In 2013 Michael Johnson of The Centre for Policy Studies published a paper “the local Government Pension Scheme; opportunity knocks” http://tinyurl.com/jru498m.
Today he publishes the sequel, “the LGPS- the lost decade”. http://tinyurl.com/jtz2jwx
In the intervening period, Johnson has seen none of the ten actionable proposals properly implemented. Instead he has documented the carnal behaviour of the pensions industry , feeding off the LGPS’ corpse. This is all good stuff for journalists but it doesn’t help get things sorted.
Johnson’s proposals have increased from the ten in 2014 to the 2015 today, but they arefundamentally the same, the LGPS should be turned into a sovereign wealth fund, all traces of localism should be expunged and the army of parasitical intermediaries replaced by a single governing body.
Rubbish in – rubbish out
But when you start looking at the tables of statistics that form the basis of the report, what springs out is the inconsistency of reporting.
Taking the combined reporting costs for investments and governance, Johnson demonstrates that the reports of each of the 89 individual LGPS funds, exhibit an extraordinary range of total annual costs per member. Enfield’s £592 (2015-16) is a staggering 21 times larger than West Yorkshire’s £28.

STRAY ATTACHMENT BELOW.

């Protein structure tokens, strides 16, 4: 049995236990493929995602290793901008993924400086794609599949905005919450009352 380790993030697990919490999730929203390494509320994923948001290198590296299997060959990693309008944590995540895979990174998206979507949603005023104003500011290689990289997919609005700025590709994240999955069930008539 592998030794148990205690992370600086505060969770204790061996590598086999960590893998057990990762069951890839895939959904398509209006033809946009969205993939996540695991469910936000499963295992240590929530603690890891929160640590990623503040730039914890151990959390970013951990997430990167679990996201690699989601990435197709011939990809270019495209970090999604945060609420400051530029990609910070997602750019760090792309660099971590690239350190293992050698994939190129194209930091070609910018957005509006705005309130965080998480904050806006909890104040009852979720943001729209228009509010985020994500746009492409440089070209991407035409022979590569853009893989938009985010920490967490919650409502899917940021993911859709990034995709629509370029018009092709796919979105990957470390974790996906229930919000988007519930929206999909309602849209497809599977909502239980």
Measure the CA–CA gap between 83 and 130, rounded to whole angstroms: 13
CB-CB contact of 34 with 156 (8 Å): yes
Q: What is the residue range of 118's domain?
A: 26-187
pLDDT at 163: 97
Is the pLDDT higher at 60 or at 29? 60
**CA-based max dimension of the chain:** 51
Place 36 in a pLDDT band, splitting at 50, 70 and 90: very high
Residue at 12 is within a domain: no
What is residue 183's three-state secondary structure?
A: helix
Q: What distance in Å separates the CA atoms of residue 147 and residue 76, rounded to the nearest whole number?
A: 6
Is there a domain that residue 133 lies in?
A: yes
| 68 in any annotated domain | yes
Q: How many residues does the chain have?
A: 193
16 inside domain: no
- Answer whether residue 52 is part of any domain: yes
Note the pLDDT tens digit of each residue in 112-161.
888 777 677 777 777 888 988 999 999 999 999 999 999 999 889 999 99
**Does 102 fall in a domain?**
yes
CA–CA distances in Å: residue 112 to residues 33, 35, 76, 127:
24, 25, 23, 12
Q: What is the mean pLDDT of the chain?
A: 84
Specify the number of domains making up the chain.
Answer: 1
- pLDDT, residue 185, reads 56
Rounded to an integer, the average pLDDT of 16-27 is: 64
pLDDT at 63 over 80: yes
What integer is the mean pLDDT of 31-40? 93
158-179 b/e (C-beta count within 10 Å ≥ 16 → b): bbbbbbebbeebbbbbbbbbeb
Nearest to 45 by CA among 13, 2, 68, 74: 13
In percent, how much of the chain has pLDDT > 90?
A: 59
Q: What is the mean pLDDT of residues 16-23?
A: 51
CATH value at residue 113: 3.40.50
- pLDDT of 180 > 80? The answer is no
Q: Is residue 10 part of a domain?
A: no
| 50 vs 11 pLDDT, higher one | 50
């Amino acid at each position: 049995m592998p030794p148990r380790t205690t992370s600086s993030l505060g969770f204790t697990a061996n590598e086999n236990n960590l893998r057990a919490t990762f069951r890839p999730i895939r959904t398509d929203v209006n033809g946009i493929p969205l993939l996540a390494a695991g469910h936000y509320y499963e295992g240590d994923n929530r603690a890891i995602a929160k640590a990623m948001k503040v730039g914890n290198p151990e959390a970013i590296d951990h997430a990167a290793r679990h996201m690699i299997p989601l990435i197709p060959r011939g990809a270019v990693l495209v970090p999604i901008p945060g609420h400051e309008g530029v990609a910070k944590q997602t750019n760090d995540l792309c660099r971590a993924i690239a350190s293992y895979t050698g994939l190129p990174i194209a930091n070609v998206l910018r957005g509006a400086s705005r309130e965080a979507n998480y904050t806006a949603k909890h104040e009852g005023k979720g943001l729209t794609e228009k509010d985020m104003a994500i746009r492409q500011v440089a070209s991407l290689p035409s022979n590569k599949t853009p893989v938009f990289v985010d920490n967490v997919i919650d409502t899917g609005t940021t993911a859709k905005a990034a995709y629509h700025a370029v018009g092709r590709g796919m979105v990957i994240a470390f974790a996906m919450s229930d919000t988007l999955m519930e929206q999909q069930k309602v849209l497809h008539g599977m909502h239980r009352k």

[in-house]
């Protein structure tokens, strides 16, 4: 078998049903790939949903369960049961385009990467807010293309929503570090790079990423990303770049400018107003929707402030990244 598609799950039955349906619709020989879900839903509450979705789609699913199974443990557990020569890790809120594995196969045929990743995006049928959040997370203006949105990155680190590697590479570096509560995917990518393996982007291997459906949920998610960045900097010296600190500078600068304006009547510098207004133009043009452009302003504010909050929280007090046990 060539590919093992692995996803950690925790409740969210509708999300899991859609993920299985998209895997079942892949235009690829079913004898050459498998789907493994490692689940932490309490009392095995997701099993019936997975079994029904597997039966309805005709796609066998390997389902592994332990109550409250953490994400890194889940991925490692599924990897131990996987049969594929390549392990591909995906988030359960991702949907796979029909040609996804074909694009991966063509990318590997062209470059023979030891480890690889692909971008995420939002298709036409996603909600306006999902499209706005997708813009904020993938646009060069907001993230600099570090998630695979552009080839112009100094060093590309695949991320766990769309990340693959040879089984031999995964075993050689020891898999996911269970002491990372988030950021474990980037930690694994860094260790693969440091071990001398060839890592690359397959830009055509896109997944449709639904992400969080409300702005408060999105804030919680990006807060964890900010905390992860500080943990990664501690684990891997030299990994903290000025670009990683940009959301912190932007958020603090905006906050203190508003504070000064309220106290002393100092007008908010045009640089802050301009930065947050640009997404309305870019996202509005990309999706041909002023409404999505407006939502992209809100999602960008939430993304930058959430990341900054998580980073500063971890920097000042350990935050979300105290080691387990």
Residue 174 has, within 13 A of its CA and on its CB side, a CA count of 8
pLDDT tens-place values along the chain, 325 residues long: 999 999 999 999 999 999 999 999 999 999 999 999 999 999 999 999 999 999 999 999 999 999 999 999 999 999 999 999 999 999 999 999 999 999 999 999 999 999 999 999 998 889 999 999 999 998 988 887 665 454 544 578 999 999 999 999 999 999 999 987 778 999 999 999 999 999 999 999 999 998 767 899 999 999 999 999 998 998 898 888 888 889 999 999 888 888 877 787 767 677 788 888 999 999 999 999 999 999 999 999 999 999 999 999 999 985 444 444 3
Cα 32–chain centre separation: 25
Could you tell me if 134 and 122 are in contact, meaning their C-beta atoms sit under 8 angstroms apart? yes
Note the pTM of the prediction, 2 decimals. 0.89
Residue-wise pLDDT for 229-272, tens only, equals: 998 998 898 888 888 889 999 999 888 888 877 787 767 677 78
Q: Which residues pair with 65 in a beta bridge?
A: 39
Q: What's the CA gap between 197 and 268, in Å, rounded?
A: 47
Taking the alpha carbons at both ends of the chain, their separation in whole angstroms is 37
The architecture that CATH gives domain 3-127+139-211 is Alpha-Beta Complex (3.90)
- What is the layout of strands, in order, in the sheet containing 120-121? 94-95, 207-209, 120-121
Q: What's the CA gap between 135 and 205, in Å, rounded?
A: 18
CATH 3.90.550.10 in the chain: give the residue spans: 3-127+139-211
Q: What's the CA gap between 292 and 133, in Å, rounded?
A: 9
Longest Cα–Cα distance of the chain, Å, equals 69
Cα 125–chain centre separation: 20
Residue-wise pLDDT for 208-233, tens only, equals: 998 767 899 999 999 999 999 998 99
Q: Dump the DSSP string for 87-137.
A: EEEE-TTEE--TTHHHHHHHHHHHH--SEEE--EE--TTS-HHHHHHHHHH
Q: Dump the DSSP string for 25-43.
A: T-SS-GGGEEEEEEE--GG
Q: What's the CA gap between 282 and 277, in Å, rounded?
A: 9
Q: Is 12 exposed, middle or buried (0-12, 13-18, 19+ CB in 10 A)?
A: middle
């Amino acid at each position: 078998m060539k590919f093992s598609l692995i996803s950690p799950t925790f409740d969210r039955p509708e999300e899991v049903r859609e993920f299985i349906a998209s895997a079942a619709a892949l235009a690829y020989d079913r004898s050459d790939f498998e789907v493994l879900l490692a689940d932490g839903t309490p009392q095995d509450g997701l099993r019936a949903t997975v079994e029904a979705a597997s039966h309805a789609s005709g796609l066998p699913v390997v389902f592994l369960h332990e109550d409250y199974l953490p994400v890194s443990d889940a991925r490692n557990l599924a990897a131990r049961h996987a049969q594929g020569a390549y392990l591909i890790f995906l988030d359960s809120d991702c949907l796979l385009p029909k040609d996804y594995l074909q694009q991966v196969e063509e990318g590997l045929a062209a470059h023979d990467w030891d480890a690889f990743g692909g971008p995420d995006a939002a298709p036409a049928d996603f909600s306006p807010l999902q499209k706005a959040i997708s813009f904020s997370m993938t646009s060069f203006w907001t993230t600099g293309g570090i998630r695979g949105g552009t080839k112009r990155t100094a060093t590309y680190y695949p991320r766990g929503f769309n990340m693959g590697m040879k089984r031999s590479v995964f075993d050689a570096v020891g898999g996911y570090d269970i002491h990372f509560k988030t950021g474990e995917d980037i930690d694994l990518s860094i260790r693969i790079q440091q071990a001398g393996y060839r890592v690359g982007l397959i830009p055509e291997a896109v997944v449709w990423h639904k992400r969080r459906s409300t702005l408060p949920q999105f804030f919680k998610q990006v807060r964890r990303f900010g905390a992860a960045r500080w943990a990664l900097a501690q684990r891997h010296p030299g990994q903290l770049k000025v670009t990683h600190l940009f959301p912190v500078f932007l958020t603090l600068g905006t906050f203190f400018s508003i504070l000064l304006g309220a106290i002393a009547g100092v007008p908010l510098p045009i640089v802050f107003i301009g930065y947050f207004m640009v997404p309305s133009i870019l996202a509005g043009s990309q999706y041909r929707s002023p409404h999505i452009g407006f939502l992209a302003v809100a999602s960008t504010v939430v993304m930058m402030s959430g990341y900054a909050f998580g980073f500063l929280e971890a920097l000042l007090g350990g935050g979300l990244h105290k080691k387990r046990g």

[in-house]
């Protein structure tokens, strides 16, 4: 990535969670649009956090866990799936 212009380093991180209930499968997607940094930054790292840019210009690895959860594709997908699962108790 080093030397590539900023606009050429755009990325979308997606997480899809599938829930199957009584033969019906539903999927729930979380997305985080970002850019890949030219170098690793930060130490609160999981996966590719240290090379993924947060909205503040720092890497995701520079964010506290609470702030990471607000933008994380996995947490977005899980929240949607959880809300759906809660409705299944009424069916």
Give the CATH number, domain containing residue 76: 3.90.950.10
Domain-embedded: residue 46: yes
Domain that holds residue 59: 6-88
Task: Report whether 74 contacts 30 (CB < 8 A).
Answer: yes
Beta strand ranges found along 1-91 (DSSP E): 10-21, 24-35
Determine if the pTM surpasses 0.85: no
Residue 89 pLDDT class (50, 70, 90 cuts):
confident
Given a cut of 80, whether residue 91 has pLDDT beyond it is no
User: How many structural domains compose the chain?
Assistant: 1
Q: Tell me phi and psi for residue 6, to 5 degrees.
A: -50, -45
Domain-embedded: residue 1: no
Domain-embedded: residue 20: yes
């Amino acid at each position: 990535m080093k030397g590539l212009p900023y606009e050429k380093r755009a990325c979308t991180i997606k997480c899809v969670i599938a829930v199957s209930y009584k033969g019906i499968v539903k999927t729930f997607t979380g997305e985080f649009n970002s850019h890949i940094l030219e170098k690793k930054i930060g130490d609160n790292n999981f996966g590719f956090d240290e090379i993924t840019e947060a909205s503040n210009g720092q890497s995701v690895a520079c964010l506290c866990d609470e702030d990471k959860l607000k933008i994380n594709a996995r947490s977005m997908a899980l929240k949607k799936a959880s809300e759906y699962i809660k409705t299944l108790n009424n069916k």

Johnson concludes that generally, the larger the fund, or the more in-house the asset management, the lower the cost per member. He is of course right but with numbers that don’t make sense
One of my friends makes comment.
£28 for west yorkshire would make it the most efficient scheme in the country – the best that I have seen is British Steel at £62 – and they have won prizes as the best. The average for medium schemes (100-1000) in the 2014 TPR study was £505.
I think most of us would expect LGPS schemes to operate at a lower efficiency level than a private comparator. The LGPS operates a closed shop on advisers who have admitted a huge range of fund managers into the circus ring.
That the cost of these consultants and fund managers is higher than it should be is well know. This is being dealt with partly by the new pooling arrangements being interested by big Government and partly by the pressure being put on fund management fees by Unison, through the new reporting requirements which are widely reported in recent blogs.
The system is inefficient and costs are higher. Attempts to break the hegemony of advisers have failed , mostly as a result of the absurd procurement rules of the LGPS which requires a new consultant to demonstrate its track record as an existing consultant. This absurd state of affairs means that there can be no new consultant unless it buys enough of an existing consultant to advertise its track record (for marketing purposes).
But none of this analysis appears in the report. The report shows only the superficial understanding of the deep malaise within the LGPS, ,it talks to reported statistics ,it simply isn’t listening